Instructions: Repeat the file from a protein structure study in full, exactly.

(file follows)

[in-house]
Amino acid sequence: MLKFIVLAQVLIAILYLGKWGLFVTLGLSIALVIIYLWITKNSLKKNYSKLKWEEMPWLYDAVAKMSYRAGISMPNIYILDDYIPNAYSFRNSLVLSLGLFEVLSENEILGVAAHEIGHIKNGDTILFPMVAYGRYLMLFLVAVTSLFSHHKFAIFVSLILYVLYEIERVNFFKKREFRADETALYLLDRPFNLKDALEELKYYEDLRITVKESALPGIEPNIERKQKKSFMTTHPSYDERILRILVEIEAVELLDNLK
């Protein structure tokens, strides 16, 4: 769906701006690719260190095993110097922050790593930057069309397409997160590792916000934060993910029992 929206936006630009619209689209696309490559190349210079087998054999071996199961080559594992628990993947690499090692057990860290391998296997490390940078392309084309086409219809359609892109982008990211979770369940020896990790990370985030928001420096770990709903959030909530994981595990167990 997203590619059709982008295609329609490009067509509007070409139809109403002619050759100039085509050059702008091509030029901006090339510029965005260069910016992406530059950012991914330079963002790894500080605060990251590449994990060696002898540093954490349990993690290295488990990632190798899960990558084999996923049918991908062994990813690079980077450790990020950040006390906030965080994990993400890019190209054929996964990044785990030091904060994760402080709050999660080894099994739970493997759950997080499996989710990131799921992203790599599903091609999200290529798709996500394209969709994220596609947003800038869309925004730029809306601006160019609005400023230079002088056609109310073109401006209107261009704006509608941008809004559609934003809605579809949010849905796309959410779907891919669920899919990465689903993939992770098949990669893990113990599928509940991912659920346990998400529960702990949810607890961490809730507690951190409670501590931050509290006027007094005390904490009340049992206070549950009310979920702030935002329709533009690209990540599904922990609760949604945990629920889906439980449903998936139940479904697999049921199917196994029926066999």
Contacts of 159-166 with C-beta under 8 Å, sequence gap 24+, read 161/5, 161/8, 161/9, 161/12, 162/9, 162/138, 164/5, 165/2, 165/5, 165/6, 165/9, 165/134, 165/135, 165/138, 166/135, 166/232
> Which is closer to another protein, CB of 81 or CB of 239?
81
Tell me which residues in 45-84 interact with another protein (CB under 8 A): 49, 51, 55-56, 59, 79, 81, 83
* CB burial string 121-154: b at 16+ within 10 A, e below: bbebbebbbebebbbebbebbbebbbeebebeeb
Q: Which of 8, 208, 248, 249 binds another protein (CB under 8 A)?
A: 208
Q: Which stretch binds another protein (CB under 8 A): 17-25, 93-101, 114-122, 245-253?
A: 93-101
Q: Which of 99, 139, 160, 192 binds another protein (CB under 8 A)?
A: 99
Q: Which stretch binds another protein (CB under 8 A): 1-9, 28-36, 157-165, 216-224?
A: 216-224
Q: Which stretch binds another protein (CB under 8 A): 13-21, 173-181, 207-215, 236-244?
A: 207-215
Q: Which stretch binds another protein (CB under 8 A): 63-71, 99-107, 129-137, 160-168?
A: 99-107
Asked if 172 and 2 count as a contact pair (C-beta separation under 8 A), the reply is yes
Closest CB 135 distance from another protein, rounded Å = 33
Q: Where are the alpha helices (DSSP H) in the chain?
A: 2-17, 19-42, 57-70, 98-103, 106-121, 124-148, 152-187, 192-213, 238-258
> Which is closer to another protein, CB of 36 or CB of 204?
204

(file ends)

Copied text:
[in-house]
Amino acid sequence: MLKFIVLAQVLIAILYLGKWGLFVTLGLSIALVIIYLWITKNSLKKNYSKLKWEEMPWLYDAVAKMSYRAGISMPNIYILDDYIPNAYSFRNSLVLSLGLFEVLSENEILGVAAHEIGHIKNGDTILFPMVAYGRYLMLFLVAVTSLFSHHKFAIFVSLILYVLYEIERVNFFKKREFRADETALYLLDRPFNLKDALEELKYYEDLRITVKESALPGIEPNIERKQKKSFMTTHPSYDERILRILVEIEAVELLDNLK
């Protein structure tokens, strides 16, 4: 769906701006690719260190095993110097922050790593930057069309397409997160590792916000934060993910029992 929206936006630009619209689209696309490559190349210079087998054999071996199961080559594992628990993947690499090692057990860290391998296997490390940078392309084309086409219809359609892109982008990211979770369940020896990790990370985030928001420096770990709903959030909530994981595990167990 997203590619059709982008295609329609490009067509509007070409139809109403002619050759100039085509050059702008091509030029901006090339510029965005260069910016992406530059950012991914330079963002790894500080605060990251590449994990060696002898540093954490349990993690290295488990990632190798899960990558084999996923049918991908062994990813690079980077450790990020950040006390906030965080994990993400890019190209054929996964990044785990030091904060994760402080709050999660080894099994739970493997759950997080499996989710990131799921992203790599599903091609999200290529798709996500394209969709994220596609947003800038869309925004730029809306601006160019609005400023230079002088056609109310073109401006209107261009704006509608941008809004559609934003809605579809949010849905796309959410779907891919669920899919990465689903993939992770098949990669893990113990599928509940991912659920346990998400529960702990949810607890961490809730507690951190409670501590931050509290006027007094005390904490009340049992206070549950009310979920702030935002329709533009690209990540599904922990609760949604945990629920889906439980449903998936139940479904697999049921199917196994029926066999």
Contacts of 159-166 with C-beta under 8 Å, sequence gap 24+, read 161/5, 161/8, 161/9, 161/12, 162/9, 162/138, 164/5, 165/2, 165/5, 165/6, 165/9, 165/134, 165/135, 165/138, 166/135, 166/232
> Which is closer to another protein, CB of 81 or CB of 239?
81
Tell me which residues in 45-84 interact with another protein (CB under 8 A): 49, 51, 55-56, 59, 79, 81, 83
* CB burial string 121-154: b at 16+ within 10 A, e below: bbebbebbbebebbbebbebbbebbbeebebeeb
Q: Which of 8, 208, 248, 249 binds another protein (CB under 8 A)?
A: 208
Q: Which stretch binds another protein (CB under 8 A): 17-25, 93-101, 114-122, 245-253?
A: 93-101
Q: Which of 99, 139, 160, 192 binds another protein (CB under 8 A)?
A: 99
Q: Which stretch binds another protein (CB under 8 A): 1-9, 28-36, 157-165, 216-224?
A: 216-224
Q: Which stretch binds another protein (CB under 8 A): 13-21, 173-181, 207-215, 236-244?
A: 207-215
Q: Which stretch binds another protein (CB under 8 A): 63-71, 99-107, 129-137, 160-168?
A: 99-107
Asked if 172 and 2 count as a contact pair (C-beta separation under 8 A), the reply is yes
Closest CB 135 distance from another protein, rounded Å = 33
Q: Where are the alpha helices (DSSP H) in the chain?
A: 2-17, 19-42, 57-70, 98-103, 106-121, 124-148, 152-187, 192-213, 238-258
> Which is closer to another protein, CB of 36 or CB of 204?
204